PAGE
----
On November 11, Modi visited Karnataka’s capital Bengaluru and inaugurated the second terminal of its international airport. There, he unveiled the “Statue of Prosperity,” a 108-feet-tall statue of the founder of Bengaluru city Nadaprabhu Kempegowda. On the same day, he flagged off two trains at the city’s KSR railway station – the Vande Bharat Express and the Bharat Gaurav Kashi Yatra train – from Bengaluru to the Hindu pilgrimage town of Varanasi, a move aimed at impressing his Hindutva supporters.
In Telangana, where the BJP is seeking a foothold, Modi inaugurated a fertilizer plant at Ramagundam.
Modi’s preoccupation with winning elections takes precedence over everything else. To pander to his Hindutva voters in Gujarat, the Union government approved the release of 11 convicted rapists of Bilkis Bano, a (Muslim) victim of the 2002 riots in Gujarat that took place during Modi’s chief ministerial tenure.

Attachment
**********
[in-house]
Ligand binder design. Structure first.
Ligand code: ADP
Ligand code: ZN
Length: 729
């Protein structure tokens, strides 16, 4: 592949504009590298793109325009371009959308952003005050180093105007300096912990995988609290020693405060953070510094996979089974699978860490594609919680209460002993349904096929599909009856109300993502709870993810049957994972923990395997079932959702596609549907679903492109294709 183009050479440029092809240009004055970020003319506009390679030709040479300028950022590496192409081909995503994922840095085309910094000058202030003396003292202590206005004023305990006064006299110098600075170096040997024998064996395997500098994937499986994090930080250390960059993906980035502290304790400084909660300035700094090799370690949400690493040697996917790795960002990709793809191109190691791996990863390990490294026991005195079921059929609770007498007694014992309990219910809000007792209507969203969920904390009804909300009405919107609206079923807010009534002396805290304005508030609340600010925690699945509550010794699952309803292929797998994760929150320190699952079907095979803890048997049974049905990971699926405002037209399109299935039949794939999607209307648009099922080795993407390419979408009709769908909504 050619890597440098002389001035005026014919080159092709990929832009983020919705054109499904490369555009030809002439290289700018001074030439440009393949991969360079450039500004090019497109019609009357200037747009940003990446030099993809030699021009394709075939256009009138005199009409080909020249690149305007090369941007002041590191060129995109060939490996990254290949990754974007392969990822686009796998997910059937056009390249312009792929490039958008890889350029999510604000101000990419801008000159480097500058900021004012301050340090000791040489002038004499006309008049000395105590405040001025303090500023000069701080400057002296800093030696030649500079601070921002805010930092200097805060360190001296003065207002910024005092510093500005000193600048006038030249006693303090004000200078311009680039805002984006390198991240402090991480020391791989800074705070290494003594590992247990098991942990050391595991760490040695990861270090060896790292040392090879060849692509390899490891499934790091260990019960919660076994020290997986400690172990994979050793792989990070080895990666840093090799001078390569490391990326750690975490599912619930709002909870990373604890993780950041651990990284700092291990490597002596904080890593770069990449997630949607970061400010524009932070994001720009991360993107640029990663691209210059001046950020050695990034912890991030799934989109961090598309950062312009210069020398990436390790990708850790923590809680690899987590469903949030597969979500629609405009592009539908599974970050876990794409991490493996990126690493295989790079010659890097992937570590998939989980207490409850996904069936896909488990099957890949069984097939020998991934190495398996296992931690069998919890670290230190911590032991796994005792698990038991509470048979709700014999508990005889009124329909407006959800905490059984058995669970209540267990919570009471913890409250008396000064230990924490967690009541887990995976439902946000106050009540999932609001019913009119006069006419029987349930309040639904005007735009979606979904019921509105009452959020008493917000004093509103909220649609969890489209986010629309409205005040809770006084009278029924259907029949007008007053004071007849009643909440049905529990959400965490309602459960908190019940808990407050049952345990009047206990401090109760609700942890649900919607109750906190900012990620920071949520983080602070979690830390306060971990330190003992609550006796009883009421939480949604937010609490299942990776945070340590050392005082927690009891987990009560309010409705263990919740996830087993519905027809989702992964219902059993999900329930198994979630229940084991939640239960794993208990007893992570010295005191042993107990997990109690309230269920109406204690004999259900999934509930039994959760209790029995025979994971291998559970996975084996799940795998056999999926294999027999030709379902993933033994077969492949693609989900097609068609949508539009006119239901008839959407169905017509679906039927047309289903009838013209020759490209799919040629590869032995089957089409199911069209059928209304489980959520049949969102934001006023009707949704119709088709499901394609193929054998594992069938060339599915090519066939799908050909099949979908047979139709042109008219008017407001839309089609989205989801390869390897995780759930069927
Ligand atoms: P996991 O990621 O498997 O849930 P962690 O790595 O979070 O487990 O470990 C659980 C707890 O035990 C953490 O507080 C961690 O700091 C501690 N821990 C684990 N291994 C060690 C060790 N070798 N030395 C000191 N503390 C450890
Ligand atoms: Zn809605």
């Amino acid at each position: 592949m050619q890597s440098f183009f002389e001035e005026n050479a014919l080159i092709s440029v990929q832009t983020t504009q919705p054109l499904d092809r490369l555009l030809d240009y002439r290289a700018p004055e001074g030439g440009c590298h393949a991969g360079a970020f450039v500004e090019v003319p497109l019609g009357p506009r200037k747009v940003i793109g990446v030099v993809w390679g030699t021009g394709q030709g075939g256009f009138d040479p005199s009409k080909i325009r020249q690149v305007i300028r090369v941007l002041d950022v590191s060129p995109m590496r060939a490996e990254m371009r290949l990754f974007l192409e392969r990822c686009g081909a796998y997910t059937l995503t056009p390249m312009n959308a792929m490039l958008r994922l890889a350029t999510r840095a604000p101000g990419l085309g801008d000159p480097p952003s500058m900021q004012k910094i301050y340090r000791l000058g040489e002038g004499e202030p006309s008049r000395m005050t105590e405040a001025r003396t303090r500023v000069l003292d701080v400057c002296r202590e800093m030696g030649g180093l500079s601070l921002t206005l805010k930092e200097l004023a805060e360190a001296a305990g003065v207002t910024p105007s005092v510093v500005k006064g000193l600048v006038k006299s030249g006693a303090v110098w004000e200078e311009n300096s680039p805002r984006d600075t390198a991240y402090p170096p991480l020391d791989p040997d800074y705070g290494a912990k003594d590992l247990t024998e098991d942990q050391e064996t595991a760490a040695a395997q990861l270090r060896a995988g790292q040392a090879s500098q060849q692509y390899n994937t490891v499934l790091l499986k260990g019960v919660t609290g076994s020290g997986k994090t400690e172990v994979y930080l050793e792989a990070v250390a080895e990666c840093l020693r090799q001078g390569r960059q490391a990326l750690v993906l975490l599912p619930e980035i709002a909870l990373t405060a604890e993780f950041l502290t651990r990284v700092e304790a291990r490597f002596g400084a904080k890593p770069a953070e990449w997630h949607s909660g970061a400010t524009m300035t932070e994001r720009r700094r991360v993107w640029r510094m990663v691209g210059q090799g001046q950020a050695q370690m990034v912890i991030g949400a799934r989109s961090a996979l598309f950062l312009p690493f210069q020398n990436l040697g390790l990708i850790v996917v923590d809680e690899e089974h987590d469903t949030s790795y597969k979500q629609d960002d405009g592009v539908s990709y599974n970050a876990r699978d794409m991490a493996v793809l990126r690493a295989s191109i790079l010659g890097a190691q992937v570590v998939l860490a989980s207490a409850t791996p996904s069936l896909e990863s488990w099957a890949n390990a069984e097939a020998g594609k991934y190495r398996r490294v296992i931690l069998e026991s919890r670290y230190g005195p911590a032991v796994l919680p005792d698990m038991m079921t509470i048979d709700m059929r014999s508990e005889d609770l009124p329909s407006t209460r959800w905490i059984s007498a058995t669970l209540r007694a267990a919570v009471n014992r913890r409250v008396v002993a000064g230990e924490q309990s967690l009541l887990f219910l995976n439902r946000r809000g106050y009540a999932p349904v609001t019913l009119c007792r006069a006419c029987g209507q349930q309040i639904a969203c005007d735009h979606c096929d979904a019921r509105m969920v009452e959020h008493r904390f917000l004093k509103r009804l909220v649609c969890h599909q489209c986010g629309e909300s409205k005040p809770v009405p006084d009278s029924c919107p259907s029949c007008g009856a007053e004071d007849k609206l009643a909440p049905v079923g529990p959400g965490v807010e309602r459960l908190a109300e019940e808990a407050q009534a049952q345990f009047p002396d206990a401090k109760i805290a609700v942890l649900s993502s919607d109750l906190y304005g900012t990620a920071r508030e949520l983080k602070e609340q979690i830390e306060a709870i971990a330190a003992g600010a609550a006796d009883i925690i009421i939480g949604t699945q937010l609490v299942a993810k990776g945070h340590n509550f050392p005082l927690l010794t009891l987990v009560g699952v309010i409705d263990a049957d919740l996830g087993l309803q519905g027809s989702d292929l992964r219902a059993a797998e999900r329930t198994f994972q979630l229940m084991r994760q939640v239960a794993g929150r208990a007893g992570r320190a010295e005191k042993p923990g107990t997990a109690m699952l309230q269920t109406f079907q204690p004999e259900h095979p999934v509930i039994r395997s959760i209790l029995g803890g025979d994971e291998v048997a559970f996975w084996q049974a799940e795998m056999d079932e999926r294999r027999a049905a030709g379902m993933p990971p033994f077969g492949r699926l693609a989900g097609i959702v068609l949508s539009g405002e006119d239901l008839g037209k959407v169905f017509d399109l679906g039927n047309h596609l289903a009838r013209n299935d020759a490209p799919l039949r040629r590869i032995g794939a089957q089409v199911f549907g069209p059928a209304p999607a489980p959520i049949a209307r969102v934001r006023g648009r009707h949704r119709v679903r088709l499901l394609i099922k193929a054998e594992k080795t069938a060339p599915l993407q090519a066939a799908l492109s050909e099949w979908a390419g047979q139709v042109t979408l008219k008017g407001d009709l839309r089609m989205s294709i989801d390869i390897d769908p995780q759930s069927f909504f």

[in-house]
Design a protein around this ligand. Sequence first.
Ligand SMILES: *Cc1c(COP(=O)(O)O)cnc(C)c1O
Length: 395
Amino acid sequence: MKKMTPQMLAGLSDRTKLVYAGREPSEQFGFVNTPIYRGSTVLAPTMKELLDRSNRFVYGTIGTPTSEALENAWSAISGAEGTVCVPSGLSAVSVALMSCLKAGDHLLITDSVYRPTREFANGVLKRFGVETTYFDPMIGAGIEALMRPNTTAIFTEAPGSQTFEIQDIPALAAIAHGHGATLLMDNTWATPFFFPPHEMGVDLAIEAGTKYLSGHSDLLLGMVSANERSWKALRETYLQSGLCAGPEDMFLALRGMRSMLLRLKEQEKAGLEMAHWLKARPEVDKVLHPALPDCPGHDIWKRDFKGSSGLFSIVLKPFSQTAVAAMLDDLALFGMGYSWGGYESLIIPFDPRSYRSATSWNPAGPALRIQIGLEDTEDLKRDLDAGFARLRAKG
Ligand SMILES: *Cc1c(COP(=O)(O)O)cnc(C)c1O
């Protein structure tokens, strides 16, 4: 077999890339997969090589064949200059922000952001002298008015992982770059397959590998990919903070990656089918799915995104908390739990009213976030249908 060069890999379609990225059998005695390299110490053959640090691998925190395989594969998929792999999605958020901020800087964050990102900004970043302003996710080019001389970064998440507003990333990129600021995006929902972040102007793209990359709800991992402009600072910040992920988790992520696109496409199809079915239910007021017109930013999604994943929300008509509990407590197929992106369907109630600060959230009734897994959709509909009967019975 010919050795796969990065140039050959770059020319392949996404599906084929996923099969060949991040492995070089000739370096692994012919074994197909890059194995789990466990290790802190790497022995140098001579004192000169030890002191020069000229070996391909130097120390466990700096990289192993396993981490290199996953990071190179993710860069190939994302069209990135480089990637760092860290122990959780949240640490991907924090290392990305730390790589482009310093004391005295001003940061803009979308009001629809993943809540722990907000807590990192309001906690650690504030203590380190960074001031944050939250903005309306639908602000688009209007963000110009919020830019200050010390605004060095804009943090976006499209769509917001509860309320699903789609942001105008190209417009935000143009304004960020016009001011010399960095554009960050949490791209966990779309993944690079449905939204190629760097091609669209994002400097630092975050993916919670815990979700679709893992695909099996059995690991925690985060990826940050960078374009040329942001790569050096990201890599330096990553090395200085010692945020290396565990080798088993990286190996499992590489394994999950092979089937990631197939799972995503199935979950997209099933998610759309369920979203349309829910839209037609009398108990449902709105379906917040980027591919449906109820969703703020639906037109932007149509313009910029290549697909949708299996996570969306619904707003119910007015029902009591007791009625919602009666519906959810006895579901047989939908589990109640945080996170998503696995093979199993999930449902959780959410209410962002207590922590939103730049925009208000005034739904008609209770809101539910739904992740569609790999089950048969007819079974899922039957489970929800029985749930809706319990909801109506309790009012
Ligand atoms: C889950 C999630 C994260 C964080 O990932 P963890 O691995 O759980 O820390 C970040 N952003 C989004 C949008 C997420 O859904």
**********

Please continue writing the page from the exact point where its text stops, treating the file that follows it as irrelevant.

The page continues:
Modi has quashed all dissent within the BJP and side-lined senior leaders including his mentor Lal Krishna Advani. Modi’s dominance over the party is complete. Barring exceptions like Uttar Pradesh Chief Minister Yogi Adityanath, BJP chief ministers, including strong regional leaders like Shivraj Singh Chouhan of Madhya Pradesh, kowtow to Modi.
Modi is the BJP’s main vote catcher. State assembly elections are therefore Modi centric affairs. It is not surprising then that Modi called on voters to not bother about who becomes the chief minister or the party candidate but to just focus on him when voting for the BJP. “You need not remember the BJP candidate … Wherever you see the symbol of ‘Lotus’ that means it is the BJP and that Modi ji has come to you,” he said at a Himachal rally.
As political commentator and historian Aditya Mukherjee told The Diplomat, “No prime minister before this, has frenetically campaigned for elections like Modi. He (Modi) is using the institutions of democracy to subvert democracy.”